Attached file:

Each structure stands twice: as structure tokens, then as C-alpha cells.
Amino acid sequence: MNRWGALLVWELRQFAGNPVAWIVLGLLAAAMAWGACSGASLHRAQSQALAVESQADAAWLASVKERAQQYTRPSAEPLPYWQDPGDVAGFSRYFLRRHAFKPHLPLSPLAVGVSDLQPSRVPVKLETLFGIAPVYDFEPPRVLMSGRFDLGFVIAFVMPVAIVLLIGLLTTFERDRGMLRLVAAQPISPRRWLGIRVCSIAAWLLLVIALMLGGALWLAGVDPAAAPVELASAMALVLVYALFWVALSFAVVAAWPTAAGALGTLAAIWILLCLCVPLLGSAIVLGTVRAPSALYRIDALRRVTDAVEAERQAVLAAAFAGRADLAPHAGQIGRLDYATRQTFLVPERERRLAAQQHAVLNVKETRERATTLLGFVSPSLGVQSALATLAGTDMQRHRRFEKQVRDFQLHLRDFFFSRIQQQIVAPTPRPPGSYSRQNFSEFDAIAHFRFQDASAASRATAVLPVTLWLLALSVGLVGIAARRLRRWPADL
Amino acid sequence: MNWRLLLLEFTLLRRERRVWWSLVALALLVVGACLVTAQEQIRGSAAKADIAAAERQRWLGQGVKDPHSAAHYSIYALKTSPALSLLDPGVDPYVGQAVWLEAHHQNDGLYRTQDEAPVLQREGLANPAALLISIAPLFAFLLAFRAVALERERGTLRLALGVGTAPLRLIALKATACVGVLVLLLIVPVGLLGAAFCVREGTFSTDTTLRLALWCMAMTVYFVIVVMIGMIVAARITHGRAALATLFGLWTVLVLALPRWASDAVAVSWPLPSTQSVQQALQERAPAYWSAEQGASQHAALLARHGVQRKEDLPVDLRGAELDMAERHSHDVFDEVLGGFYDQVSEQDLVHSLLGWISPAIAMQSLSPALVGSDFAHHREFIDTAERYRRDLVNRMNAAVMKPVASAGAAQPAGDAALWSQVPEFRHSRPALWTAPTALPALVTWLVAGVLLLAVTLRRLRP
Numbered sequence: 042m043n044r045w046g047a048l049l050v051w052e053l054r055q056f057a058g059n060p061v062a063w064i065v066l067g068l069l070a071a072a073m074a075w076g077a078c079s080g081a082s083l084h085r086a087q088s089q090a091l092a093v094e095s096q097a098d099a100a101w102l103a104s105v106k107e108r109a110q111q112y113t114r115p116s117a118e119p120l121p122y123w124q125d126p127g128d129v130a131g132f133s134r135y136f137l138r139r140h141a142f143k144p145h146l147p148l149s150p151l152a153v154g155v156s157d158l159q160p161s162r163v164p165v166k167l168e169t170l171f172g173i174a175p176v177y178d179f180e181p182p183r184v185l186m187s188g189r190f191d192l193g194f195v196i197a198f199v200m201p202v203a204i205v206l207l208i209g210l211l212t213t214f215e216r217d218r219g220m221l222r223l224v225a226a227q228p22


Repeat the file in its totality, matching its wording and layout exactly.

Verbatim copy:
Each structure stands twice: as structure tokens, then as C-alpha cells.
Amino acid sequence: MNRWGALLVWELRQFAGNPVAWIVLGLLAAAMAWGACSGASLHRAQSQALAVESQADAAWLASVKERAQQYTRPSAEPLPYWQDPGDVAGFSRYFLRRHAFKPHLPLSPLAVGVSDLQPSRVPVKLETLFGIAPVYDFEPPRVLMSGRFDLGFVIAFVMPVAIVLLIGLLTTFERDRGMLRLVAAQPISPRRWLGIRVCSIAAWLLLVIALMLGGALWLAGVDPAAAPVELASAMALVLVYALFWVALSFAVVAAWPTAAGALGTLAAIWILLCLCVPLLGSAIVLGTVRAPSALYRIDALRRVTDAVEAERQAVLAAAFAGRADLAPHAGQIGRLDYATRQTFLVPERERRLAAQQHAVLNVKETRERATTLLGFVSPSLGVQSALATLAGTDMQRHRRFEKQVRDFQLHLRDFFFSRIQQQIVAPTPRPPGSYSRQNFSEFDAIAHFRFQDASAASRATAVLPVTLWLLALSVGLVGIAARRLRRWPADL
Amino acid sequence: MNWRLLLLEFTLLRRERRVWWSLVALALLVVGACLVTAQEQIRGSAAKADIAAAERQRWLGQGVKDPHSAAHYSIYALKTSPALSLLDPGVDPYVGQAVWLEAHHQNDGLYRTQDEAPVLQREGLANPAALLISIAPLFAFLLAFRAVALERERGTLRLALGVGTAPLRLIALKATACVGVLVLLLIVPVGLLGAAFCVREGTFSTDTTLRLALWCMAMTVYFVIVVMIGMIVAARITHGRAALATLFGLWTVLVLALPRWASDAVAVSWPLPSTQSVQQALQERAPAYWSAEQGASQHAALLARHGVQRKEDLPVDLRGAELDMAERHSHDVFDEVLGGFYDQVSEQDLVHSLLGWISPAIAMQSLSPALVGSDFAHHREFIDTAERYRRDLVNRMNAAVMKPVASAGAAQPAGDAALWSQVPEFRHSRPALWTAPTALPALVTWLVAGVLLLAVTLRRLRP
Numbered sequence: 042m043n044r045w046g047a048l049l050v051w052e053l054r055q056f057a058g059n060p061v062a063w064i065v066l067g068l069l070a071a072a073m074a075w076g077a078c079s080g081a082s083l084h085r086a087q088s089q090a091l092a093v094e095s096q097a098d099a100a101w102l103a104s105v106k107e108r109a110q111q112y113t114r115p116s117a118e119p120l121p122y123w124q125d126p127g128d129v130a131g132f133s134r135y136f137l138r139r140h141a142f143k144p145h146l147p148l149s150p151l152a153v154g155v156s157d158l159q160p161s162r163v164p165v166k167l168e169t170l171f172g173i174a175p176v177y178d179f180e181p182p183r184v185l186m187s188g189r190f191d192l193g194f195v196i197a198f199v200m201p202v203a204i205v206l207l208i209g210l211l212t213t214f215e216r217d218r219g220m221l222r223l224v225a226a227q228p22